Before she was given a chance to create a haircare line, established actress Tracee Ellis Ross dreamed of creating one for nearly two decades.

“I wrote my first brand pitch in 2008 when Girlfriends finished,” Ross told Marie Claire. “It’s taken me that long because the gatekeepers and decision-makers of the beauty world did not understand the magnitude, importance, beauty, breath, and consumer dollars of the curl community. They wondered why anyone would want products from me. The pitch and hair products I wanted to create then are the same now. The difference is now I apparently have credibility. This is made from the heart of a woman who is honored to be a part of this community.”

Ross was confident that she positioned herself as an expert in haircare due to her personal struggles that date back to her childhood years. On a blog post, she penned her experience.

“I did not see my hair, my lips, my eyes, my tusch, the color of my skin in the images in magazines, on television or in the movies,” Ross wrote. “…Those ideals didn’t match what I saw in the mirror, so I tried to beat my curls into submission — putting body lotion in my hair, sleeping in rollers and spending entire Saturdays at the salon waiting for a blowout. I weakened my hair with chemical relaxers, texturizers and ponytails so tight they gave me a headache. I’m not going to lie — I even whipped out a clothes iron in an attempt to straighten it that way.”

It was not until she learned to understand and appreciate her hair that she moved toward self-educating and experimenting with a variety of products, which increased as she gained more traction in the industry.

Ross’ 2019 launch of Pattern Beauty is a testament to how much love she has poured into her natural tresses. The goal of the company is to ensure the textured hair community is seen through an array of products that now include washes, treatments, and styling tools, among others.


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Ross, who is majority owner of Pattern Beauty and CEO, believes she had already become her own expert. As a result, she wasn’t looking to partner with a longstanding competitor.

“I’m a majority owner of my company,” Ross said during Fortune’s Most Powerful Women – Next Gen conference. “[Other celebrities with brands] aren’t the founders of the company; often they join a company that exists. The mission [at Pattern Beauty] is born out of my experience. It’s born out of my own experiential knowledge.”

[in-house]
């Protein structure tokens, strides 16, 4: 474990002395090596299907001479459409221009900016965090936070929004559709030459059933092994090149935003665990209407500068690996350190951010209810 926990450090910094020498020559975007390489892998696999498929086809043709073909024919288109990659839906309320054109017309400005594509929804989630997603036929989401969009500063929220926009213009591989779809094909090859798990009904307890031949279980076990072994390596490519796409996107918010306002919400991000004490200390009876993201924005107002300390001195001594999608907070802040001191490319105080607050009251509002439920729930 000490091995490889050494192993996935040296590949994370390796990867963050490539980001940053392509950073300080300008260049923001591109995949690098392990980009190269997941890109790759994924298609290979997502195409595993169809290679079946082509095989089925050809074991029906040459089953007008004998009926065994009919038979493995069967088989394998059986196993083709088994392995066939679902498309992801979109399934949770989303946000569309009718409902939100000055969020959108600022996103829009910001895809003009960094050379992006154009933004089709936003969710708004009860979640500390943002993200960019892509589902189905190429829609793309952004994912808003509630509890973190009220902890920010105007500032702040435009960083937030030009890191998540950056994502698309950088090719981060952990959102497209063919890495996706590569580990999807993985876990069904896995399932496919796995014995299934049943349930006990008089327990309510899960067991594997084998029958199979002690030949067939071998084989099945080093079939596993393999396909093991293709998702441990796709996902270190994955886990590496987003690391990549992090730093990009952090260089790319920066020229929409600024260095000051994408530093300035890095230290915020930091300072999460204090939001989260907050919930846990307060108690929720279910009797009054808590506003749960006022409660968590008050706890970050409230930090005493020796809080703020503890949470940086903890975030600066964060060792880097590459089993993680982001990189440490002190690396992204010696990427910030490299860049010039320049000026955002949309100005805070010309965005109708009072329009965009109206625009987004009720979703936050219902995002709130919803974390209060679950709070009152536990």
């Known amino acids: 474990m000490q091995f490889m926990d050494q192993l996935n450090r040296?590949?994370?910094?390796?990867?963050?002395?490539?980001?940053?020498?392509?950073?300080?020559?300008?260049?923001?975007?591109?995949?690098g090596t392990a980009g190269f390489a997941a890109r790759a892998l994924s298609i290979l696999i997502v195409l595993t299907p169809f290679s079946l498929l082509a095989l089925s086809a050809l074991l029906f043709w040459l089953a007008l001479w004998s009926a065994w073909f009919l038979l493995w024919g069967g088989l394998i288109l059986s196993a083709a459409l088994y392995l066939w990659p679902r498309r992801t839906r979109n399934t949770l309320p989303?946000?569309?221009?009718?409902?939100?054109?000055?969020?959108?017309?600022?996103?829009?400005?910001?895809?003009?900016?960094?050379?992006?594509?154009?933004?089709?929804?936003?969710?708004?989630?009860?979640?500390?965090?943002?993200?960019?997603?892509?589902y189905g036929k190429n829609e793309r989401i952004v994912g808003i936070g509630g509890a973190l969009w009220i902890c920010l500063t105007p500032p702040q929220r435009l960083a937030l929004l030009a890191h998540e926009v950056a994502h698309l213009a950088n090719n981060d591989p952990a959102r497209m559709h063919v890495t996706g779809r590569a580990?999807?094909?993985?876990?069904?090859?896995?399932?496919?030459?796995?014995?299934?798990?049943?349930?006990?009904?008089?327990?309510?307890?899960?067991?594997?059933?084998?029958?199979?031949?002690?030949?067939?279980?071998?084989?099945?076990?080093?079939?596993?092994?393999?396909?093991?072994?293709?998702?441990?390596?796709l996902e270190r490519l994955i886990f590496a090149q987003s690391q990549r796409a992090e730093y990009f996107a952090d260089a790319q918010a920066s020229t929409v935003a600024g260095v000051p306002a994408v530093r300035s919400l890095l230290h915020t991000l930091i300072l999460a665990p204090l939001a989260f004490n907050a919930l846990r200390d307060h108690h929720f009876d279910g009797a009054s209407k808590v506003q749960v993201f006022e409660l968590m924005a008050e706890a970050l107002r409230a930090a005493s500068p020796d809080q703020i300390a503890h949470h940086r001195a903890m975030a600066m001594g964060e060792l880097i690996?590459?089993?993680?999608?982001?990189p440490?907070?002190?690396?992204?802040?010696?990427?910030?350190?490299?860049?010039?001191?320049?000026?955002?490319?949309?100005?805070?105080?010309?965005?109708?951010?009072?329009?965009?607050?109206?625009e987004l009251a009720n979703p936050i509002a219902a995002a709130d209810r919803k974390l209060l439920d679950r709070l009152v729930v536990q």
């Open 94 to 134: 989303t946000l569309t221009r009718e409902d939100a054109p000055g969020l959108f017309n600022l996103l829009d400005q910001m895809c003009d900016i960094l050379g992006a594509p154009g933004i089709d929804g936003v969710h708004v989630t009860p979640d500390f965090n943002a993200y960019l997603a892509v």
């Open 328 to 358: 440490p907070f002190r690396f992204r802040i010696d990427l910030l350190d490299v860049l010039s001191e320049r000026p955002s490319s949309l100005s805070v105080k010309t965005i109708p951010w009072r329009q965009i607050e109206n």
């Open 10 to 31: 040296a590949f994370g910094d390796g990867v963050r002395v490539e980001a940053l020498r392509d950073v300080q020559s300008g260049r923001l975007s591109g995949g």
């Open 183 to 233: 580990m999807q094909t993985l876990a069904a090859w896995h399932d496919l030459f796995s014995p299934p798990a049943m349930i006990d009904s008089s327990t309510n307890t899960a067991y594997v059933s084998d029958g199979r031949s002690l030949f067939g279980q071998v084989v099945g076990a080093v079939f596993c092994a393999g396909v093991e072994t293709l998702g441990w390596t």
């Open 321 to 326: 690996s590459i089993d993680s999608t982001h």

However, while navigating entrepreneurship, she faced certain hardships. Consequently, Ross was told she should have someone manage the company, but she wasn’t interested in that option.

“I didn’t want to partner with an expert or a ‘professional’ because I felt — like so many — I had become my own best expert in my bathroom because the beauty industry was not catering to us,” Ross expressed, according to Fortune.

Instead, using her own dollars, she worked alongside a chemist to engineer her products and formed retail partnerships and business partners with experts who guided her through the operational process. Pattern Beauty products soon reached shelves across stores.

Another plus was connecting with Footlocker CEO Mary Dillon, who was formerly the Ulta Beauty CEO, so Ross could learn how to leverage her exposure as a celebrity and intertwine it with Pattern Beauty’s purpose.

It is also not lost on Ross that her financial position and celebrity status made it more suitable for her to go solo without a partner. It is why she is also using her platform to advocate for greater access to opportunities for Black woman and other women of color, as AfroTech previously mentioned.

“I know that I have access to sit at a table with a CEO in a way that perhaps another founder doesn’t,” Ross said, according to Fortune. “And when I do that, I make sure that those conversations are not only centered around Pattern. They’re centered around creating and expanding the access for all of us.”